ROTAVIRUS DISEASE BURDEN
Sentinel hospital-based surveillance in many countries showed that rotavirus accounted for 21%–56% of diarrheal hospitalizations among children <5 years of age in Africa during the pre-vaccine era.9–18 A population-based surveillance study at 1 site in Kenya estimated that rotavirus diarrhea resulted in 565 hospitalizations per 100,000 children <5 years of age.11 In many countries, rotavirus hospitalizations occurred most frequently in young children, with children <1 year of age accounting for a majority of all rotavirus hospitalizations in Ethiopia (56%), Sudan (61%), Ghana (64%), Uganda (65%), Zimbabwe (66%) and Nigeria (77%)9,10,13–15,17 (Fig. 2). Conversely, in Mauritius, only 21% of rotavirus hospitalizations occurred among children <1 year of age, but this may be due to differential treatment-seeking behaviors by age with children <1 year of age potentially more likely to seek care at private, nonsurveillance hospitals than older children.16 A birth cohort study in Egypt found that 40% of children had at least 1 episode of rotavirus by their second birthday.19 Given this high disease burden, particularly among young children, rotavirus vaccines will likely have a rapid and substantial impact on diarrheal disease when introduced into the national immunization programs of these countries.
In-hospital deaths due to rotavirus and diarrhea were captured by most of the surveillance sites although the numbers of deaths were small. These numbers likely underestimate the true rotavirus mortality as children who are brought for care in a timely manner and are appropriately treated usually have good outcomes. However, many deaths due to diarrhea occur in the community and are not captured by hospital-based surveillance. Furthermore, hospitalized children recruited into surveillance are not followed after discharge but have been shown to have higher rates of mortality than healthy children.20 A study in Kenya that used verbal autopsy data for all deaths estimated that 140 rotavirus-associated deaths per 100,000 children <5 years of age occurred annually.11 Given that rotavirus vaccines have proven effective in preventing mortality from diarrhea in Latin American countries that were early vaccine adopters,21–23 they will help prevent deaths among African children who have severe diarrhea and are unable to access appropriate and/or timely care.
Rotavirus was also detected among children seeking care in outpatient settings. In Kenya, 12%–20% of outpatient visits for diarrhea among children <5 years of age were due to rotavirus.11,24 Rotavirus was also detected in older children and adults who sought outpatient care for diarrhea in Kenya. While these populations had lower rates of disease than among young children, introduction of rotavirus vaccine could have a broad impact if these groups indirectly benefit from reduced circulation of rotavirus in the community. Indirect benefits have been observed in several high-income and middle income countries using rotavirus vaccine in their national immunization programs, and as vaccines are rolled out in Africa,25–27 evaluations should specifically assess whether such effects occur in the high disease burden African setting.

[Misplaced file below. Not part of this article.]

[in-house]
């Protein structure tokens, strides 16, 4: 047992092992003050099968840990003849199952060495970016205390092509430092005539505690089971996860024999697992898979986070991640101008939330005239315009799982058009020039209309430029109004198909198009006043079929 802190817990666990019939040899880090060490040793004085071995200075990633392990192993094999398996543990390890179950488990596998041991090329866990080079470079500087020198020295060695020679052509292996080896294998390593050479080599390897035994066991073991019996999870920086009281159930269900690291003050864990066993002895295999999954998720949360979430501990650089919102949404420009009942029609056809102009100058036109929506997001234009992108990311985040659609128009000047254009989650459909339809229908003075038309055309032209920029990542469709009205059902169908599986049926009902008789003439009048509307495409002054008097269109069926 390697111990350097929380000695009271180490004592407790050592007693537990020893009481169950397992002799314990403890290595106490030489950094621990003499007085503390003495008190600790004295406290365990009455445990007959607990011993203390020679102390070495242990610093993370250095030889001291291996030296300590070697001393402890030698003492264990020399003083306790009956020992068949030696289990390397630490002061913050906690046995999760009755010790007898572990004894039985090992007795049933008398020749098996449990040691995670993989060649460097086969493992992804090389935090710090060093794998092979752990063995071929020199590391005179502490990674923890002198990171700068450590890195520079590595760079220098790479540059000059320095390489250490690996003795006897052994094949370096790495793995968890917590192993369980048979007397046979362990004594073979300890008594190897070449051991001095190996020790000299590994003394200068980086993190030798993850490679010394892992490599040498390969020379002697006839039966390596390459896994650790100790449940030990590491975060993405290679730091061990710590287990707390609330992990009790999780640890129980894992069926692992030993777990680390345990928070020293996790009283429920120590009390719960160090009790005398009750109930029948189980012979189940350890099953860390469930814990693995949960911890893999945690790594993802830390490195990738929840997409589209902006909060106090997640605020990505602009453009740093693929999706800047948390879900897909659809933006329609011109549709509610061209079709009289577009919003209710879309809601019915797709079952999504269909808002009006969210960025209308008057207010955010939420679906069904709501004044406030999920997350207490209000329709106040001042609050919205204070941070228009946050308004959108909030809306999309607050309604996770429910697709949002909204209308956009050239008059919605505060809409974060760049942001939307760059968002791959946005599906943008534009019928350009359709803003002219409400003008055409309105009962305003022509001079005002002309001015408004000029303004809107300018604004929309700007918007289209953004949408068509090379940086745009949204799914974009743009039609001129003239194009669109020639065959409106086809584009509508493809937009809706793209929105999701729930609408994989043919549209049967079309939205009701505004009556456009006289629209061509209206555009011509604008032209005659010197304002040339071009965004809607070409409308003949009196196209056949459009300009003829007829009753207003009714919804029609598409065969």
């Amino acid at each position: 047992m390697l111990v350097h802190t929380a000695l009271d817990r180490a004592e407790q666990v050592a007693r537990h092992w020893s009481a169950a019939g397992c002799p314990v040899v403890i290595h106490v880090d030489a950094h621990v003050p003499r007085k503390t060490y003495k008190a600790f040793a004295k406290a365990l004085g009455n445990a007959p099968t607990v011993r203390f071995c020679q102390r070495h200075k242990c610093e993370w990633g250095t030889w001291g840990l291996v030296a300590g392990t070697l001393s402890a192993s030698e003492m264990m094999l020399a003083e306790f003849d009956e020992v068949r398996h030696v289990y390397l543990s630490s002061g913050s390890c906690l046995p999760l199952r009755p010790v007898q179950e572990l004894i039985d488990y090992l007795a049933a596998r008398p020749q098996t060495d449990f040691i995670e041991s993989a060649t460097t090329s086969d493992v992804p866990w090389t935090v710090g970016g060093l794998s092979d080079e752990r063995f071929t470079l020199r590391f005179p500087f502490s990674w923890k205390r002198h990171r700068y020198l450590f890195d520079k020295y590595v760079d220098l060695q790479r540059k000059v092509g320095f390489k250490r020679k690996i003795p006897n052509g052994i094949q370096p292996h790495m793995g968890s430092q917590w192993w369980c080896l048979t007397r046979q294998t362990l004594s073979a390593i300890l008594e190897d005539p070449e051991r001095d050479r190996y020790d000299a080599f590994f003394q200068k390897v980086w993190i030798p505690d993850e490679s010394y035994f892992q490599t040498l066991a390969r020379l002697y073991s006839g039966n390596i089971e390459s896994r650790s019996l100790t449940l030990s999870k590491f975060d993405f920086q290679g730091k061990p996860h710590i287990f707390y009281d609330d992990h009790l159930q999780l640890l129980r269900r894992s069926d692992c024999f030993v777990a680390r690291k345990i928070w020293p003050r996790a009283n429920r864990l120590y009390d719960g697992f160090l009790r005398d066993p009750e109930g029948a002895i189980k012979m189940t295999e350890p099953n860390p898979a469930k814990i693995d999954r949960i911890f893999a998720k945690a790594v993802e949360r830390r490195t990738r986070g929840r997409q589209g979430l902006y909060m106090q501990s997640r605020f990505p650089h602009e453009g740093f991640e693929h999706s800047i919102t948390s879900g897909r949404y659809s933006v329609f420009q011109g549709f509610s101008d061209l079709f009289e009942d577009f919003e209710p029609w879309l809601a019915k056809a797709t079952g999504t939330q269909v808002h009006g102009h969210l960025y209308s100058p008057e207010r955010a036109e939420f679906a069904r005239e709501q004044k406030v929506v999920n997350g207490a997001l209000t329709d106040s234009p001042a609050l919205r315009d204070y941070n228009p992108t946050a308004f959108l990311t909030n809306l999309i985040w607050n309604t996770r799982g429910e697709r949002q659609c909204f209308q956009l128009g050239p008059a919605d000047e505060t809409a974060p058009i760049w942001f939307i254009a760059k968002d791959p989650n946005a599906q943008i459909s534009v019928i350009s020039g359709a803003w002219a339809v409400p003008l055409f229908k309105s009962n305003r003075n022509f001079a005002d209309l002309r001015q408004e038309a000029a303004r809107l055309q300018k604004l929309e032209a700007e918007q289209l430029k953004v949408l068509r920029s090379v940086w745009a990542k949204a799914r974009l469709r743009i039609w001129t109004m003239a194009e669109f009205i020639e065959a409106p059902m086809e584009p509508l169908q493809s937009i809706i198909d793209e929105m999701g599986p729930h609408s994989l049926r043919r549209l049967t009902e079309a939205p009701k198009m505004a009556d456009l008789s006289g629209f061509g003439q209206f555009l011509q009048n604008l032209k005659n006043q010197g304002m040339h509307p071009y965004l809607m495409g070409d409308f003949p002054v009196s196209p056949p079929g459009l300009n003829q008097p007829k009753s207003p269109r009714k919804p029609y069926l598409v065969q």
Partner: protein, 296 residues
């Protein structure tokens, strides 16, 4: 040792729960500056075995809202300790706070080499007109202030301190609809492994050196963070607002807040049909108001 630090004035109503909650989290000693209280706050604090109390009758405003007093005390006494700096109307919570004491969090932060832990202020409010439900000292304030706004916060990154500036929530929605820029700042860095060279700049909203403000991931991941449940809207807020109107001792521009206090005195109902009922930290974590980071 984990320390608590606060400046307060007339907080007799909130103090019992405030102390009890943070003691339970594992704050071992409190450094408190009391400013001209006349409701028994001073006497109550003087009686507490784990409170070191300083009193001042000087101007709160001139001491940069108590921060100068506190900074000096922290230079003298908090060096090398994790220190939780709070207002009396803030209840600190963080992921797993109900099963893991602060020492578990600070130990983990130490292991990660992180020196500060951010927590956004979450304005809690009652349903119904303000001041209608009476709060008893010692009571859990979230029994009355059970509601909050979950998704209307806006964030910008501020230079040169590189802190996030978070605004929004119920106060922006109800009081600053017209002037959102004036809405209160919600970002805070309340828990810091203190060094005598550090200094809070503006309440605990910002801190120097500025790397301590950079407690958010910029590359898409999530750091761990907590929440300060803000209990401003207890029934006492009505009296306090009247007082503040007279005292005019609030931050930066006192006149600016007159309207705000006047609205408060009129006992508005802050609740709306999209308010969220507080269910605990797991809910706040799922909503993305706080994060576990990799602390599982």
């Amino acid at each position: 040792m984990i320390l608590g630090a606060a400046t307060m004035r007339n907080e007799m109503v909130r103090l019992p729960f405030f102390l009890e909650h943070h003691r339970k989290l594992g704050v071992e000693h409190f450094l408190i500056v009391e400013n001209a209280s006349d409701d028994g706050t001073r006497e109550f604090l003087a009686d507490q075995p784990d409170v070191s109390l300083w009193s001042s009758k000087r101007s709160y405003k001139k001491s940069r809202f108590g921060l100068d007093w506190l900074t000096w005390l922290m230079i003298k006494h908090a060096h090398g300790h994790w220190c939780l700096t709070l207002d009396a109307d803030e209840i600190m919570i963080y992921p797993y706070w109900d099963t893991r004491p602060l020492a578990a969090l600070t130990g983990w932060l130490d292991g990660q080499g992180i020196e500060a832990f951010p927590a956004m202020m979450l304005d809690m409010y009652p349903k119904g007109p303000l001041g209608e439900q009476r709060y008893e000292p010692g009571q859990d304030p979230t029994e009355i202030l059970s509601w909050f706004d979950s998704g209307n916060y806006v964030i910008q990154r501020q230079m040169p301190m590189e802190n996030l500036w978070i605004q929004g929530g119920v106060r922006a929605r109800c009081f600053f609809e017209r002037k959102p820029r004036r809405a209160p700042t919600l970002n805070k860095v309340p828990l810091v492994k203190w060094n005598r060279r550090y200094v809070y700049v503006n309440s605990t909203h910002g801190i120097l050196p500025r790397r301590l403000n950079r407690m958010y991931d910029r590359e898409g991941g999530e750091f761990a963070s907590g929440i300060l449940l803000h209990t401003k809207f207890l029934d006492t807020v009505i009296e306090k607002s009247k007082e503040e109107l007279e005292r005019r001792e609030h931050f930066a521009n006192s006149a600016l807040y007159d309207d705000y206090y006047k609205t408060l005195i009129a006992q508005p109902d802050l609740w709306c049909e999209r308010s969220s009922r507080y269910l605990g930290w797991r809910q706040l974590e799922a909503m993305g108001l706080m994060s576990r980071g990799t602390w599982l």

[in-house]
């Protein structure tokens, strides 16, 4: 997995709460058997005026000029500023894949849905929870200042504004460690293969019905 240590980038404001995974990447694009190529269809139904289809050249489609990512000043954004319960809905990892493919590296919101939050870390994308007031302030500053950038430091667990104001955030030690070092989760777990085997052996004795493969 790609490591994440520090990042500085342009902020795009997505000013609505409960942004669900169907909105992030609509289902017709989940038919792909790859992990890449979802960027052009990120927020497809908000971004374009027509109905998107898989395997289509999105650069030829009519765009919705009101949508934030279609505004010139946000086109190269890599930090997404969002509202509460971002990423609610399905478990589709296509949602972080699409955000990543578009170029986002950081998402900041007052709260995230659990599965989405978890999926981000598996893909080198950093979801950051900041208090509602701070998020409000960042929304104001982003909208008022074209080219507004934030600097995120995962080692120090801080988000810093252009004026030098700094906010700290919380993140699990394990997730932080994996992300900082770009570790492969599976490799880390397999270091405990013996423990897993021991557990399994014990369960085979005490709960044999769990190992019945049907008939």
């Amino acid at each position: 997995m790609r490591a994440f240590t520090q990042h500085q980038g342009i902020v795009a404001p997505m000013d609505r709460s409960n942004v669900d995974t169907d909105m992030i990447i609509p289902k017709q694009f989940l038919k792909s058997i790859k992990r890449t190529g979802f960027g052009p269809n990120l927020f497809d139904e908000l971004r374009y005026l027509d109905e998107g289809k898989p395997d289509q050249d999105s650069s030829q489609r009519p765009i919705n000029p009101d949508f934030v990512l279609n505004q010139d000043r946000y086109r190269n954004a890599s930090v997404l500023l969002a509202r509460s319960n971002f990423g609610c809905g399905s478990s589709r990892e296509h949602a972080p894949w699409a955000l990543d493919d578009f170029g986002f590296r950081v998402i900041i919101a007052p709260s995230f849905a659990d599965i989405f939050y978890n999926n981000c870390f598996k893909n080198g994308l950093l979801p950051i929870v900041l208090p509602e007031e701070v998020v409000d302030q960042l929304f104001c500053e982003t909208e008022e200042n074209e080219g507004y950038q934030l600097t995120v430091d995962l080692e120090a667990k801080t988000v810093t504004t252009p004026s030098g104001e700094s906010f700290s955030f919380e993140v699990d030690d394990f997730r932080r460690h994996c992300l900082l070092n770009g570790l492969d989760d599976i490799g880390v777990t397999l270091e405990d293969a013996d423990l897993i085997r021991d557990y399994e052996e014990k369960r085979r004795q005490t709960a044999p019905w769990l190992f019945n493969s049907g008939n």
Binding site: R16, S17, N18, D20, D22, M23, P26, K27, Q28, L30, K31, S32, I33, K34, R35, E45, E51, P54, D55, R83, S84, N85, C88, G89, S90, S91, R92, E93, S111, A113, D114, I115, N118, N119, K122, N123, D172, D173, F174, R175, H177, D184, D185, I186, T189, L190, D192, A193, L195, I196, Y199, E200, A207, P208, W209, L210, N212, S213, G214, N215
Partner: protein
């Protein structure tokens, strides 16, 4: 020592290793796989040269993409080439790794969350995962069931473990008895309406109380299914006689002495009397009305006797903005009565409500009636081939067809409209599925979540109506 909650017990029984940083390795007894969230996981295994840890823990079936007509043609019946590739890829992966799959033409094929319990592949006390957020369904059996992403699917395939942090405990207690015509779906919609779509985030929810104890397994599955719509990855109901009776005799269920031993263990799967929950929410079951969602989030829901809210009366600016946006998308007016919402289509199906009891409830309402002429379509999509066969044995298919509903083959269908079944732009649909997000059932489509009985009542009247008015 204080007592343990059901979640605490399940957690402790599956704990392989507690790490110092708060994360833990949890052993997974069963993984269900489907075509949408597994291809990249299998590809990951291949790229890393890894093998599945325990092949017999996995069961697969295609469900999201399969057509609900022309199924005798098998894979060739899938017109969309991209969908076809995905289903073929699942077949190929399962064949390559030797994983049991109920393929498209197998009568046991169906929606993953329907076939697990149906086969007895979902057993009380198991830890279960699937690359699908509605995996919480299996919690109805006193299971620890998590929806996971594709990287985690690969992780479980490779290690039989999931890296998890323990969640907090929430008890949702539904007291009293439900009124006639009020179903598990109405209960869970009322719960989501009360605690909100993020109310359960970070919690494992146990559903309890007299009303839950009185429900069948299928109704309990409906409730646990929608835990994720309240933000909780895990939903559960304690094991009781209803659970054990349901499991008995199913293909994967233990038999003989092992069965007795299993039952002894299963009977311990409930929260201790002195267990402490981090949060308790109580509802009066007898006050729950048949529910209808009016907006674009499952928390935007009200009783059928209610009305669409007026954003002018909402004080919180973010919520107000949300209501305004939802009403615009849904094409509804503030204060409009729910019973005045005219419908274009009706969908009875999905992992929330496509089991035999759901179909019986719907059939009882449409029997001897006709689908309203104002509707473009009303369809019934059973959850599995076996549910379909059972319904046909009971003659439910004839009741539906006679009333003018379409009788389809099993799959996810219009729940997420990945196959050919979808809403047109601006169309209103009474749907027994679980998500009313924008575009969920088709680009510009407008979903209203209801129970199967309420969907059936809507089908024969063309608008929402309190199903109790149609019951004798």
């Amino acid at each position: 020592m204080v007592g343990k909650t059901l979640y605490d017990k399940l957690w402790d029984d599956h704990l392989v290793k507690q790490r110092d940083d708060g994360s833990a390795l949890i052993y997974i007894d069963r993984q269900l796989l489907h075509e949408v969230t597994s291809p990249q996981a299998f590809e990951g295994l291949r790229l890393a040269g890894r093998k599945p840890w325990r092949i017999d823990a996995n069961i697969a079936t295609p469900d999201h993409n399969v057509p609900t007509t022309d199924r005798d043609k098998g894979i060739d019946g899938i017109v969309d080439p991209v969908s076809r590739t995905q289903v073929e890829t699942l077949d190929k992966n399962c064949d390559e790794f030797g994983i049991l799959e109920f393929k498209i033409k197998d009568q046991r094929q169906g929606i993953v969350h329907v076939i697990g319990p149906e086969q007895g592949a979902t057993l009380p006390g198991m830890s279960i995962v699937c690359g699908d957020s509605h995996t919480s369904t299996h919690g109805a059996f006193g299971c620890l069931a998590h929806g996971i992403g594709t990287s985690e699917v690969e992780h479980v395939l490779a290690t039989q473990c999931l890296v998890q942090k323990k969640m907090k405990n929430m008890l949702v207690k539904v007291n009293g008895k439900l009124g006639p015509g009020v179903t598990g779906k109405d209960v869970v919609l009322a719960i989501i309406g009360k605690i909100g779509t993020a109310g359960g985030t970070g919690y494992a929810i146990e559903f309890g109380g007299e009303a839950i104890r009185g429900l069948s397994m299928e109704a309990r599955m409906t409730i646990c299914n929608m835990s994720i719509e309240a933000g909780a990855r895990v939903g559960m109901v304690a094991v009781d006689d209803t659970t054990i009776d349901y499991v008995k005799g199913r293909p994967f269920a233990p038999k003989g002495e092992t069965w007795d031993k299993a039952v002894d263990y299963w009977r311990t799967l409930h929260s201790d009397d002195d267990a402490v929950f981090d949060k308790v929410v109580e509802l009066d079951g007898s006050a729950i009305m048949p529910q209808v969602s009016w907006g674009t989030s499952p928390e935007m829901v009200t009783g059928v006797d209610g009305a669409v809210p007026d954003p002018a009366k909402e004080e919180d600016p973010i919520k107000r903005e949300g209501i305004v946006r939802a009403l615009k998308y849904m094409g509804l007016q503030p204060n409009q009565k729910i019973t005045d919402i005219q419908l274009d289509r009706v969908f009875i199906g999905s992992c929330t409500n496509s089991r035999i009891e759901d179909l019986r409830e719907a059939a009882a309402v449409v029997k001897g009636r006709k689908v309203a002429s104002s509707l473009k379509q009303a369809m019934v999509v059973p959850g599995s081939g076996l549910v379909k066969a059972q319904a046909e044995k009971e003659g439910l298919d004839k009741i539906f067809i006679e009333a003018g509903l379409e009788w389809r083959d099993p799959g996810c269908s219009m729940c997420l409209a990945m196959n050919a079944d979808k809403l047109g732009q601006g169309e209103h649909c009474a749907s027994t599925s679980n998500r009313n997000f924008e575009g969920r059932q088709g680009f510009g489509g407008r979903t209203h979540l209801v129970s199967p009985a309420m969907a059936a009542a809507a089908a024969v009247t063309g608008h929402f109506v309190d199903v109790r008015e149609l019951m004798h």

Rotavirus was detected year-round in Africa, but disease peaked during the cool, dry months in most countries. However, some variability in the seasonal pattern occurred. For example, Ghana and Mauritius each reported that rotavirus peaked outside the typical season during 1 year of their multiyear surveillance periods.10,16 Uganda reported 2 peaks per year both during the rainy season and Sudan also reported 2 peaks in rotavirus disease.14,15
In addition to active surveillance, routinely collected health data can provide insight into the burden and seasonality of diarrhea and rotavirus disease. In Rwanda, data routinely collected through the Health Management Information System showed that diarrheal disease was highly seasonal with hospitalizations and outpatient visits peaking during the cool, dry months, the same months when rotavirus disease peaks in Rwanda.28 Thus, consistent, high-quality, routinely collected data can provide another platform against which to gauge the broader impact of rotavirus vaccine on the national diarrhea disease burden, and one would expect this impact to be greater during the months of the year with peak rotavirus activity.
ROTAVIRUS STRAIN DIVERSITY
Tremendous diversity of circulating rotavirus strains was observed in sub-Saharan Africa. While G1P was the most frequently reported strain detected during 2007 to 2011, it was found in only 18% of rotavirus-positive samples from 16 countries followed by G9P (12%) and G2P (9%).29 There was some variability between regions within Africa, but each region had a wide range of circulating strains that included mixed infections and untypeable strains. Some countries also reported substantial year-to-year variability in the predominant strain. For example, in Mauritius, G3P accounted for 89% of circulating strains in 2008, G4P for 76% of strains in 2009 and G1P for 90% of strains in 2010.17 Other countries, such as Ethiopia, Kenya, Uganda and The Gambia, reported a board range of circulating strains each year with no one strain accounting for >50% of strains detected.9,12,15,30